Common Core does not solve America’s education problems

Ryan Dawson

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When you are in high school, everything but academics seems to matter the most. Sports, gossip, and drama are all things that take precedent in the mind of a young student.

More often than not, students do not take full advantage of the opportunities given to them by both state funded schools and private schools. Growing up in South Carolina, I attended just about every type of high school imaginable. In five years I went to four different schools.

The schools I attended were often at complete opposite ends of the academic spectrum: a small private school located in rural South Carolina, a prestigious boarding school nested in the Blue Ridge Mountains of North Carolina, a failing public school also in rural South Carolina, and finally a large public school in on the outskirts of Charleston, South Carolina. By no means do I consider myself an expert of education, but my varying experiences do give me an insight that most do not have.

I can safely assume that the majority of students at Suffolk did not grow up in the South. I can assure you that if you thought public schools in the North were bad, you cannot fathom the degree of failure most public schools in the South allow. The system is broken, and it needs to be fixed.

South Carolina has historically been ranked as a state with a bottom-tier public school system. The problem that faces current public schools is not confined to a geographic region of America. The problem is widespread, almost like a virus. The United States has been steadily declining in global academic rankings over past years.

According to Daniel Arkin at NBC News, “The numbers are even more sobering when compared among only the 34 OECD countries. The United States ranked no. 26 in math—trailing nations such as Slovakia, Portugal and Russia. What’s more, American high school students dropped to no. 21 in science (from no. 17 in 2009) and slipped to no. 17 in reading (from no. 14 in 2009), according to results.”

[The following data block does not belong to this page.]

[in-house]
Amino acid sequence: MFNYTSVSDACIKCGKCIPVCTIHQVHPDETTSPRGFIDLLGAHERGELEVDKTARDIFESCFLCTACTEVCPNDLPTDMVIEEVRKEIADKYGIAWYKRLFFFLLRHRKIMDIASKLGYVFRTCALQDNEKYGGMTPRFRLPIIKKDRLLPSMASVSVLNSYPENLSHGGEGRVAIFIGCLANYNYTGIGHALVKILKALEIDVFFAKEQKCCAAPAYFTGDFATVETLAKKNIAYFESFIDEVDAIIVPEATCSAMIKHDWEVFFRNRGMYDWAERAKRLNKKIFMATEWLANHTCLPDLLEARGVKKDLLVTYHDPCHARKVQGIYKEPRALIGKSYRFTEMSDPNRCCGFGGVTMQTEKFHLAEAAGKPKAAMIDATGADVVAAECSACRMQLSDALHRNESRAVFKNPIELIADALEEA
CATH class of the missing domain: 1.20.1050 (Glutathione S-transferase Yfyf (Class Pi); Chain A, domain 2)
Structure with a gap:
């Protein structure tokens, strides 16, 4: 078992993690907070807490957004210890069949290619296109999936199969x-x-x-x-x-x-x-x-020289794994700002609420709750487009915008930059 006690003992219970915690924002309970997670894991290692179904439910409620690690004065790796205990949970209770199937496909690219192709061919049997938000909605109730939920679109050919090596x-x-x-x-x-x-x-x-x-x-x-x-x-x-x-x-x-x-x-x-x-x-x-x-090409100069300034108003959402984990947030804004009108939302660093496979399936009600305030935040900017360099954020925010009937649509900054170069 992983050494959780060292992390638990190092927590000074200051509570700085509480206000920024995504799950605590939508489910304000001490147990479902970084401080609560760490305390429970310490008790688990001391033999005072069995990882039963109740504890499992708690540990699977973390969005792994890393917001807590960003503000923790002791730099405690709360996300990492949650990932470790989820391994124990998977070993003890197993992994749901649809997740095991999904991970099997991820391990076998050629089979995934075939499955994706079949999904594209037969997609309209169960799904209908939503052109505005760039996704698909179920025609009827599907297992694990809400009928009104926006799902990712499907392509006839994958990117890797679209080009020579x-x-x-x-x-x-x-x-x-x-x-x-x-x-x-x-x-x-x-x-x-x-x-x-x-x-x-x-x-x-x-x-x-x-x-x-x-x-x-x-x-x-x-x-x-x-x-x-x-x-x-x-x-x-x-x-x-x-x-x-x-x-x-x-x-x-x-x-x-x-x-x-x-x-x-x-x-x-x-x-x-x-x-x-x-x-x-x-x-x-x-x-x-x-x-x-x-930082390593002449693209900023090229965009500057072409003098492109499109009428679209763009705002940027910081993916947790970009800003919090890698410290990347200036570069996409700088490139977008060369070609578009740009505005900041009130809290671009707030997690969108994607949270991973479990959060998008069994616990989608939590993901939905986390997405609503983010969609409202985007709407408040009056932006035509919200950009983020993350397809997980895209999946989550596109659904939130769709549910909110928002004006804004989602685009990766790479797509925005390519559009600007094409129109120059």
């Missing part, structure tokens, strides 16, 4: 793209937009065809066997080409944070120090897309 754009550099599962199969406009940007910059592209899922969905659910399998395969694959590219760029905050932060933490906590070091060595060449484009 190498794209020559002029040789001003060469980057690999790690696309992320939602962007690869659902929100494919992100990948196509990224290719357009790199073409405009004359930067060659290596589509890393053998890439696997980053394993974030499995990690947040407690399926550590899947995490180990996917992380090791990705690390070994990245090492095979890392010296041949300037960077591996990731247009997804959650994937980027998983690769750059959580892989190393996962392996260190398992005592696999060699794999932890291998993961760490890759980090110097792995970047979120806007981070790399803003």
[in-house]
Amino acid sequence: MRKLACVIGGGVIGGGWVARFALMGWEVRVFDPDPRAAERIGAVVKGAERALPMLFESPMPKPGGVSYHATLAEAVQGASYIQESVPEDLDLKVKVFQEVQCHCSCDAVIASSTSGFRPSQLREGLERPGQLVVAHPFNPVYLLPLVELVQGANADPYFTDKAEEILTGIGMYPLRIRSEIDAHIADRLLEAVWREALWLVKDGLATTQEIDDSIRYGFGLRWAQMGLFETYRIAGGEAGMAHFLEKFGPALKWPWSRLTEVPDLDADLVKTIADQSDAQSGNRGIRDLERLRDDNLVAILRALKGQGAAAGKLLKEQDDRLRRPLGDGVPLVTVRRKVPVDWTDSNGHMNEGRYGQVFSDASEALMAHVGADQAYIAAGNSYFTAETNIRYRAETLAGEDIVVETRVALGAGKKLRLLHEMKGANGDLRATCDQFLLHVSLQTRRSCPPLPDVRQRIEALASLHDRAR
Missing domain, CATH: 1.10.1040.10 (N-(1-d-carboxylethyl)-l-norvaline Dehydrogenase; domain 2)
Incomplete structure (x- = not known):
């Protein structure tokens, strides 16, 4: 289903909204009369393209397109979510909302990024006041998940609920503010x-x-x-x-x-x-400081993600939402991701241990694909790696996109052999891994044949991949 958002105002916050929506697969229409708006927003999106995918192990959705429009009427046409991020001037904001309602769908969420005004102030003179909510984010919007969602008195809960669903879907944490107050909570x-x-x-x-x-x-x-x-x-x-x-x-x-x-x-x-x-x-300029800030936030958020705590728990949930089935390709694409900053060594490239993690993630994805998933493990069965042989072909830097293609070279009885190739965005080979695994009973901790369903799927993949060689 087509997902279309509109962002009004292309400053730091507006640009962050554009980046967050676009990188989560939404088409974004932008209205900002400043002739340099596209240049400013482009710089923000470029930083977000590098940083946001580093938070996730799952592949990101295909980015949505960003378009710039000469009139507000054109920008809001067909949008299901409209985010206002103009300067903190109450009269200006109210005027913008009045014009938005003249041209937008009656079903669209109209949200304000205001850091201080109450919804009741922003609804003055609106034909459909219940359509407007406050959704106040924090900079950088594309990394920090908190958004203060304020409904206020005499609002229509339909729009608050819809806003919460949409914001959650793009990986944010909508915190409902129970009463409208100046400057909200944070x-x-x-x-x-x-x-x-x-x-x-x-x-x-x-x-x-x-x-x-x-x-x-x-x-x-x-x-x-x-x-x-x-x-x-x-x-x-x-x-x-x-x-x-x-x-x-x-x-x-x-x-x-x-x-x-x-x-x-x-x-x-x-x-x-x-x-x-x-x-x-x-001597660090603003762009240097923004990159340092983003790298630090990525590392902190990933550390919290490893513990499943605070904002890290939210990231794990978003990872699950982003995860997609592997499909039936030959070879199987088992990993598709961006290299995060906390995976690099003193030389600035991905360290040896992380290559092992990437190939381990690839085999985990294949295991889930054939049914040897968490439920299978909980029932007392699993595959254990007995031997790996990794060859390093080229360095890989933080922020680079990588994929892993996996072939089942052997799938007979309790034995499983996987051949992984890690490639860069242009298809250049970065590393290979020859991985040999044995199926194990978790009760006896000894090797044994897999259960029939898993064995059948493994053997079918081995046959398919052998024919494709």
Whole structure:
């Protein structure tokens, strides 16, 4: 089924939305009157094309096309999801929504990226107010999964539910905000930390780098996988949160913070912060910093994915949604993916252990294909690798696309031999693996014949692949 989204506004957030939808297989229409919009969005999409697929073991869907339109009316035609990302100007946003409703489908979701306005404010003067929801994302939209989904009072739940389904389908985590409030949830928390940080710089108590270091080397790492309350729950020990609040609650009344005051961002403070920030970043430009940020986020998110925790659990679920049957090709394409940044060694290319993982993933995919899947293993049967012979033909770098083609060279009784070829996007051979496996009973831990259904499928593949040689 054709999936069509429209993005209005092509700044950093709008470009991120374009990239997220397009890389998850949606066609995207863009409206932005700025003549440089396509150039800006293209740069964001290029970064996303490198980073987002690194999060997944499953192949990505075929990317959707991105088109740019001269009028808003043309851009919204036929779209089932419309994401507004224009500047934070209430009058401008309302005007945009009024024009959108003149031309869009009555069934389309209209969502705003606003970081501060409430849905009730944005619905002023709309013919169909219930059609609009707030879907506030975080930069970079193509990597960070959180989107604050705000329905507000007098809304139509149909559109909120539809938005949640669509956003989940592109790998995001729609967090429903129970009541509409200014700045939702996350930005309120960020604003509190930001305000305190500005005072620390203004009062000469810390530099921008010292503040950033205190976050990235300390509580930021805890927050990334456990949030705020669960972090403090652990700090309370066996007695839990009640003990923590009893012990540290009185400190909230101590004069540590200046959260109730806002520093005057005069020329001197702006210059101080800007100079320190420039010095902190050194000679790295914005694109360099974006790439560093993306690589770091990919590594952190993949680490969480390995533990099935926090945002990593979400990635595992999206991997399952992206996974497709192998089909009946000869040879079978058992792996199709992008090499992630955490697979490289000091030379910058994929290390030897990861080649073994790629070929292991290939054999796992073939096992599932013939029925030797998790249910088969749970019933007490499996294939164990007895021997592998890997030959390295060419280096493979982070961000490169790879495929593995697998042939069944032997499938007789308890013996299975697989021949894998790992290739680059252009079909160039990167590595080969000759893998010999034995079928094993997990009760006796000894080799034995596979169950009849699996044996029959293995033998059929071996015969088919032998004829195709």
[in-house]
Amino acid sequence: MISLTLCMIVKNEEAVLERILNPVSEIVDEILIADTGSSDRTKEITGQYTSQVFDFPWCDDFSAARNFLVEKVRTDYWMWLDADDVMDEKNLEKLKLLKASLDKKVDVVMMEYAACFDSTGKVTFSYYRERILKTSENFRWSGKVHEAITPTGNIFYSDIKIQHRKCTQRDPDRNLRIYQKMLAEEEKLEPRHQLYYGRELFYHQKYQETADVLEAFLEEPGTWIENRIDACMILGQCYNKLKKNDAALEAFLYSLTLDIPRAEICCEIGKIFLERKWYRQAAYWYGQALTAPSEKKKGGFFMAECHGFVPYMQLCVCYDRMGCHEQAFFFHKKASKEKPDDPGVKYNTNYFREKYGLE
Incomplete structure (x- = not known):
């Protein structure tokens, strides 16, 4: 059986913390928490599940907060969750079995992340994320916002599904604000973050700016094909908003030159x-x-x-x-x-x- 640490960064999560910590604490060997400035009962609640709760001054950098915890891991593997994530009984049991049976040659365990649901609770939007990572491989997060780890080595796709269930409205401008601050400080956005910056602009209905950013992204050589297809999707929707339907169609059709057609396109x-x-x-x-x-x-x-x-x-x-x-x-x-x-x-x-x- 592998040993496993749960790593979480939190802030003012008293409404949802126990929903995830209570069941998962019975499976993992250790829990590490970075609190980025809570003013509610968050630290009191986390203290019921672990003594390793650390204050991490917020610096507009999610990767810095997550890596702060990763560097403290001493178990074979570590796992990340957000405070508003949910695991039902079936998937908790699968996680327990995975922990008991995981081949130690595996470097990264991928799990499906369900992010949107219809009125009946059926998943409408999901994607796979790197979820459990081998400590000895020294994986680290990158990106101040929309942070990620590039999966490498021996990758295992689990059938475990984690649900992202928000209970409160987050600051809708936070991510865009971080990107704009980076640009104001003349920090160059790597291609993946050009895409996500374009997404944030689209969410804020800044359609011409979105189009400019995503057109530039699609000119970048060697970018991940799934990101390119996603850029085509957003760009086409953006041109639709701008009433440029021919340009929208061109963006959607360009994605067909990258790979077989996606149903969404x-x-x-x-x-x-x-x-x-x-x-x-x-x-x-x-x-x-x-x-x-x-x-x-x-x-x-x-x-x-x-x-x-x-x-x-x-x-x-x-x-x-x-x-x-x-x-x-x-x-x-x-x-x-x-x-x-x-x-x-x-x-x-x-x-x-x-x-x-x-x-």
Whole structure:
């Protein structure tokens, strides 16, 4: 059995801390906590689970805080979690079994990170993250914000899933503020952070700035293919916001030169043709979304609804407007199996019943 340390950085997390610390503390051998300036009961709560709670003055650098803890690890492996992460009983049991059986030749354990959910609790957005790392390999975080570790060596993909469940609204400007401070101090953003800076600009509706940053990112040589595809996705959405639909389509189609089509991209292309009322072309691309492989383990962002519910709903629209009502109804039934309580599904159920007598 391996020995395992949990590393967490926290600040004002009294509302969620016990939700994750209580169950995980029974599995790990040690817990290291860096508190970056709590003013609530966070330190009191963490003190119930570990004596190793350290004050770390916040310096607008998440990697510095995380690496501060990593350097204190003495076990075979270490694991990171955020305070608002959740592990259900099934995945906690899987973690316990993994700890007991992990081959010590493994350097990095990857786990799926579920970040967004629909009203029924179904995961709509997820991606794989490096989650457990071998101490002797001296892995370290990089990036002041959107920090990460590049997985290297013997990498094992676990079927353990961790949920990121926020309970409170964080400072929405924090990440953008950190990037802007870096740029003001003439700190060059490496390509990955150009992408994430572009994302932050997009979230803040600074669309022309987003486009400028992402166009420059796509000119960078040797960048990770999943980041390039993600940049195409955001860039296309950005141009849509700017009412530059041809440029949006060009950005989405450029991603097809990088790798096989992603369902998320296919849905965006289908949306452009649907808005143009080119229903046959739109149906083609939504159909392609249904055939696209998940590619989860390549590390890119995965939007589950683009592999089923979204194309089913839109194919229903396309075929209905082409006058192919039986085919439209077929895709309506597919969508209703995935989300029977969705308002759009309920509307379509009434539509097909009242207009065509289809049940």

The OECD, or Organization for Economic Cooperation and Development, is a group consisting of 34 countries. To be ranked no. 26 and no. 21 in math and science, respectively, is nothing short of an embarrassment.

America at one point was the global leader in education, which begs the question, “How do we restructure the current education system, so that we may again lead the world in education?” The Obama Administration’s answer to this question is Common Core.

According to its, “The Common Core is a set of high-quality academic standards in mathematics and English language arts/literacy (ELA).” The hope of the new federal academic standards is to raise overall academic proficiency, and to raise the proverbial bar in standards.

Some 45 states originally agreed to the new standards in 2009, but more recently, Indiana has officially opted out of the program. Why? There are a myriad of reasons as to why Indiana has opted out of program: poor communication between state and federal bodies, the ever growing question of security, because Common Core would allow third parties to access certain information about students, and a disagreement between federal standards and state standards.

The academic standards that Indiana has set in motion follow quite closely with Common Core. The only difference between the two is Indiana wants a more vigorous set of standards.

In the end, I believe that Common Core program just is not enough. In order to fix this problem, we cannot simply throw money at it (which is what this Common Core bill seems to propose). Having seen the worst of the worst as far as public schools go, I applaud Indiana. If the state of Indiana wants to set a higher standard for education, and not simply do the bare-minimum in terms of standards, that is a good thing.

Every state should strive to constantly raise the bar, with the hopes that one day we as a country may be able to sit atop the global education rankings. With a more educated workforce comes more innovation and a larger middle class. And is that not what America wants? More innovation, more jobs, larger middle class, and a populous that is thoroughly educated.

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